Recognizing faces and objects seems to be something our brain just knows how to do from birth. Still, the ability isn’t intrinsic to humans alone, since machines have become much smarter these days, and teaching your website or app to identify “what’s there in the picture” can benefit you a lot in terms of automation.
In this article, we’ll cover how you can train your system to recognize various objects using Uploadcare, and how you can actually use it.
Uploadcare’s object recognition lets you know what's in your images. For example, a user uploads an image, and then sees a message that basically says something like this: “With 93% confidence, there’s a ship.” Of course, instead of a ship, there could be any other object, a group of objects, or one or more people.
We should note that object recognition in Uploadcare helps you define a general class of objects, not a specific item. It can detect a car and its type, (for instance, a pickup or a sedan), but it can’t determine the brand or exactly which (whose) car it is. Say, if you want to find Elvis's pink cadillac, you’ll have to use another solution for that. The classes are assigned automatically to all the objects when the feature is enabled. After the file gets uploaded to an Uploadcare account, it’s forwarded to recognition, and then its result is saved.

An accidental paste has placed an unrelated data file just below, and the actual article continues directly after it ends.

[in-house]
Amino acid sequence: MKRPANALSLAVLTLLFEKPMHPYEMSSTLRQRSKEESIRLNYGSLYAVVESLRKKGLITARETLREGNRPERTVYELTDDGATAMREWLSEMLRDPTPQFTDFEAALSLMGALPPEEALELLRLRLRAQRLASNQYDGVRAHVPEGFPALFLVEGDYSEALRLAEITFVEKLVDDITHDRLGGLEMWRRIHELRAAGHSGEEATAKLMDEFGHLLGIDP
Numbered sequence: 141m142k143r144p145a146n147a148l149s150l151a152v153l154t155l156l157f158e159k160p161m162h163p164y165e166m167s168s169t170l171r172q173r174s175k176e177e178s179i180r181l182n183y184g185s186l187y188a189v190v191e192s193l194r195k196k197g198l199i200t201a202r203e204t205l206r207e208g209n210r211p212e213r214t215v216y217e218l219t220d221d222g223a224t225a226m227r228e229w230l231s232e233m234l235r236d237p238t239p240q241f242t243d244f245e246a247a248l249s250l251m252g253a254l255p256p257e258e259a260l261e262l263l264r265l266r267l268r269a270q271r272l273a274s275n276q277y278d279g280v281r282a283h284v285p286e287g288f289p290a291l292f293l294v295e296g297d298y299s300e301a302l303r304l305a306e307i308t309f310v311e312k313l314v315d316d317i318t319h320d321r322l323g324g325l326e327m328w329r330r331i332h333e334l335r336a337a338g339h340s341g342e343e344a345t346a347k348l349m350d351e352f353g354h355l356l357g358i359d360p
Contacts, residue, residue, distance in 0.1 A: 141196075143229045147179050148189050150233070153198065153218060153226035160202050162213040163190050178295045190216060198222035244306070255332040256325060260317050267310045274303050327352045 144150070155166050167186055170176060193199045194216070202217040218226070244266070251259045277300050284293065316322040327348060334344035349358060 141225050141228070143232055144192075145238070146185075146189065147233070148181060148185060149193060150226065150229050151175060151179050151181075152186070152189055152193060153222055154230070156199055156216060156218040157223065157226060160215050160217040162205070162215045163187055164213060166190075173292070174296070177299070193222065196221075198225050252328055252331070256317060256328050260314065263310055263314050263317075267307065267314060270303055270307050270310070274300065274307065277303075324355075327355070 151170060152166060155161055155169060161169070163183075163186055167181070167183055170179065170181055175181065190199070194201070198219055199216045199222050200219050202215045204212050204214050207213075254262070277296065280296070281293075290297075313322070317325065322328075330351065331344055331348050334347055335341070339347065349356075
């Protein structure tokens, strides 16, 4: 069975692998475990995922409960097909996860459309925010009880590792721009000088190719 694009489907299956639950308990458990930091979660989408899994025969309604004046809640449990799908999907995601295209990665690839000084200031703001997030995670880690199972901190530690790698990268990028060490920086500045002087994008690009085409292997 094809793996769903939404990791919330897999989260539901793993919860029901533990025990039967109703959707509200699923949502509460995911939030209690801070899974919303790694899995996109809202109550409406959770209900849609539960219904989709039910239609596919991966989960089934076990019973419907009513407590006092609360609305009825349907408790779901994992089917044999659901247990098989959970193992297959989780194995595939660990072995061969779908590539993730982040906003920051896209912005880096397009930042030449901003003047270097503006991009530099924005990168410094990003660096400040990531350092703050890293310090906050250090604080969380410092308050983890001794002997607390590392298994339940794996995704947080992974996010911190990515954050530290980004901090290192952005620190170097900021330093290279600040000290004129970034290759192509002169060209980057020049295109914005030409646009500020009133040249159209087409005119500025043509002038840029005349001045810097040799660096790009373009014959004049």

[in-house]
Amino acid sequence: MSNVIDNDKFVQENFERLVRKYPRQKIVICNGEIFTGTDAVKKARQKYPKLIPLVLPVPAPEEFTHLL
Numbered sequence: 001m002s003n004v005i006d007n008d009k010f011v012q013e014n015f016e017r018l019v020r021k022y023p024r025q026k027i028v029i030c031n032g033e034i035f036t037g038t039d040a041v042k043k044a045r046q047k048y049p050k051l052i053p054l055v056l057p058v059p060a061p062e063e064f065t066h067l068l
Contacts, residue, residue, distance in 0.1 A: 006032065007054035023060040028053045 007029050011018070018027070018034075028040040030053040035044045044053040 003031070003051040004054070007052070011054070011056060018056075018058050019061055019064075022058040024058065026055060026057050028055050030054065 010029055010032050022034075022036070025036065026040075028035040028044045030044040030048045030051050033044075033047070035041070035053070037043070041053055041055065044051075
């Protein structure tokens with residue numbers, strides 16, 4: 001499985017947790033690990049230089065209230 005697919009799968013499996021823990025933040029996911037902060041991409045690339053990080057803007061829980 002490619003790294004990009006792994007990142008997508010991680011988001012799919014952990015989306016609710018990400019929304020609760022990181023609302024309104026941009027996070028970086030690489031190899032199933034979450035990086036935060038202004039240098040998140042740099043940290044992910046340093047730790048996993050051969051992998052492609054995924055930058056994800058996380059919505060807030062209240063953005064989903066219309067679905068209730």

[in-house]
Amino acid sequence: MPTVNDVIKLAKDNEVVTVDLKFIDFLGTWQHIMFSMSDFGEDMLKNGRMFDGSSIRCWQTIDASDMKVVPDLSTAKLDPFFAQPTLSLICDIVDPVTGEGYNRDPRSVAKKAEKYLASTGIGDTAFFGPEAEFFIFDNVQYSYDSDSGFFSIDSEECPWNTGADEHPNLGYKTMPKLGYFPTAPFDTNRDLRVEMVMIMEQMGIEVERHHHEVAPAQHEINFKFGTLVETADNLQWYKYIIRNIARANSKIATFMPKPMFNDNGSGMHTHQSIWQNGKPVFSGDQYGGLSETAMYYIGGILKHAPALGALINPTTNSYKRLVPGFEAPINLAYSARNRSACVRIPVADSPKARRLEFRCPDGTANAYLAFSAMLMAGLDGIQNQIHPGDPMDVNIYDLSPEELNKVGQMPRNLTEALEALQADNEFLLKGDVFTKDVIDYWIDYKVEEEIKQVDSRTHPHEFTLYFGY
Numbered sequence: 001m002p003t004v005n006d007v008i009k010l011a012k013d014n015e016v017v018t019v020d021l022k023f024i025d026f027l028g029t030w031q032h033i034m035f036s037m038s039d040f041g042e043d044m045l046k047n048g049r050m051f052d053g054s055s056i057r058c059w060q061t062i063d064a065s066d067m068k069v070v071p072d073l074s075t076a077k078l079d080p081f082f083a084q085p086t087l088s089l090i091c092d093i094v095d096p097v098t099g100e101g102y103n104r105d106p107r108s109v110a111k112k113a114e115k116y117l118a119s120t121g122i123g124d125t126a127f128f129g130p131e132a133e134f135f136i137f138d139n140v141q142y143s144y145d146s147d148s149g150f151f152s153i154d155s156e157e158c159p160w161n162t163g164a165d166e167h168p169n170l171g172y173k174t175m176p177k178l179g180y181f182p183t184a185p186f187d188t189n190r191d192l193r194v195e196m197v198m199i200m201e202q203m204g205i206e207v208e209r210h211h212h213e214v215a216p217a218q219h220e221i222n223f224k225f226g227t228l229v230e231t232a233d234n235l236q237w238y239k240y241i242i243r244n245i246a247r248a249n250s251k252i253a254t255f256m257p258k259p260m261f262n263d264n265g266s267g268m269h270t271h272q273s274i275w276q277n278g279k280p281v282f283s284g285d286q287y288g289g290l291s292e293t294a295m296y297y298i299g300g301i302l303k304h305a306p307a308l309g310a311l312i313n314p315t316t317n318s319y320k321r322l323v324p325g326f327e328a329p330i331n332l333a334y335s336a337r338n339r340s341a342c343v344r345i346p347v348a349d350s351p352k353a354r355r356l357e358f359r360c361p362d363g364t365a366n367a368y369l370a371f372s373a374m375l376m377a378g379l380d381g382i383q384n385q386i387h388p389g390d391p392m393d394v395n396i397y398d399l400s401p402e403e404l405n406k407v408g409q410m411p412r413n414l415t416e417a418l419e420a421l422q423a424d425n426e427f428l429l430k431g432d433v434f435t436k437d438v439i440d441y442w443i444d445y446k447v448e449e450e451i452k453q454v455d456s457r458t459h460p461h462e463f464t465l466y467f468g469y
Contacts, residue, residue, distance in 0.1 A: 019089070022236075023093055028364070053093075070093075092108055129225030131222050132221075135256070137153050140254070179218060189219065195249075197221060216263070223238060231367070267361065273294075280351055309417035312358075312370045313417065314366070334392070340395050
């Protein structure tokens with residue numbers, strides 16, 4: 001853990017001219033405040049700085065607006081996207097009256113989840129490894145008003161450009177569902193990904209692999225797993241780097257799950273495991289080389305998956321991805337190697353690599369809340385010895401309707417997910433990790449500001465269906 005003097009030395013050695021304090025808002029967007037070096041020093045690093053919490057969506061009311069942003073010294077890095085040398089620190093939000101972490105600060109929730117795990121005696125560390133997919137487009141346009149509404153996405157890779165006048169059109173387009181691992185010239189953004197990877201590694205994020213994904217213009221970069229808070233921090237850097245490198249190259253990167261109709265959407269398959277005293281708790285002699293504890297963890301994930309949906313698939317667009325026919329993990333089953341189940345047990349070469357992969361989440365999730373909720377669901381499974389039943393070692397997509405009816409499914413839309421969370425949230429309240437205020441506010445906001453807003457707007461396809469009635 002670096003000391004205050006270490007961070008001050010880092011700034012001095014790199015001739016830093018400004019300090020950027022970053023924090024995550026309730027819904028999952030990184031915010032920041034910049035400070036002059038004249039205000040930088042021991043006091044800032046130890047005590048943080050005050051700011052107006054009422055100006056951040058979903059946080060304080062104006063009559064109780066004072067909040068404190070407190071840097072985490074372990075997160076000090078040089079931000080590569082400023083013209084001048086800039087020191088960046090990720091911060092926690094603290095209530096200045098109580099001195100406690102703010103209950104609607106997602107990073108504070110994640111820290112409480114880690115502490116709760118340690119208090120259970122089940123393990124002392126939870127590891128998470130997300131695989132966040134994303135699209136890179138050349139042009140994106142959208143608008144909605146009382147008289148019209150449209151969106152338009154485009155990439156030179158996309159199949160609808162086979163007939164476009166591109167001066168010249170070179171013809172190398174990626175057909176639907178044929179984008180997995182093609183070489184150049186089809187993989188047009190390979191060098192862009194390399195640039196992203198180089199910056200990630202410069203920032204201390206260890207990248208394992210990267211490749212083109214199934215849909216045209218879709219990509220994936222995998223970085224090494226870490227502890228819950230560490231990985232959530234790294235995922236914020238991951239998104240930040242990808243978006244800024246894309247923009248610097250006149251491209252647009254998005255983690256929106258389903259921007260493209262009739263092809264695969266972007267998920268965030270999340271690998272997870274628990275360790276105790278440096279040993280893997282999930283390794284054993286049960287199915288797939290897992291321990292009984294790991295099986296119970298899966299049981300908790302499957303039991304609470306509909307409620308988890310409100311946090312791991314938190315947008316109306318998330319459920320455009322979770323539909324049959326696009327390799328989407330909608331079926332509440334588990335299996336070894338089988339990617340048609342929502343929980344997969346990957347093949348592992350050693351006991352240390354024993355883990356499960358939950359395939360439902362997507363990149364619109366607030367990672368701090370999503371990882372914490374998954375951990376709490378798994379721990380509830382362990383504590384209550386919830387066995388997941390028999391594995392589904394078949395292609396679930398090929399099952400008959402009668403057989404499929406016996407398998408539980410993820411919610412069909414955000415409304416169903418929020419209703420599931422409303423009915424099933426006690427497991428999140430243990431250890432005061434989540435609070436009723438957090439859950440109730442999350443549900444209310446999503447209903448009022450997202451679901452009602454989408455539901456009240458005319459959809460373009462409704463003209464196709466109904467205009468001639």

How can it be used in practice? Well, we’ve encountered the two main use cases.
For some websites, it’s important to make sure that the uploaded content is appropriate before it’s published for everyone to see.
For example, let’s say you’re running a dating service and wouldn’t want its users to upload pics of cute animals instead of their real photos. Or you have a marketplace like eBay with a catalog of items, and you want to make sure that a car won’t end up among the bikes. And of course, no one would like it if someone uploaded adult or violent content to their business website, because it can damage the reputation. In all these examples, the results of applying object recognition can be used for implementing automatic moderation.
Nice haircut by the way, but it probably won’t work if you restrict uploading images without a face in them.
Another use case is enabling automated annotations for images.
For example, you can configure Uploadcare to automatically create HTML5 alt tags for images. An alt tag is an attribute that provides a text alternative for an image. It’s widely used by search engines when indexing website content and is also important in terms of accessibility of the content for visually impaired users.
Also, you can use this feature to generate custom file names based on recognition outputs, and thus enable categorization.
Face detection can determine if there are any faces in a picture. Unlike more sophisticated services that can produce a statement like, “A smiling female with her eyes open,” face detection in Uploadcare does more straightforward, yet still important work. It helps your system understand if there are any points of attraction in the picture.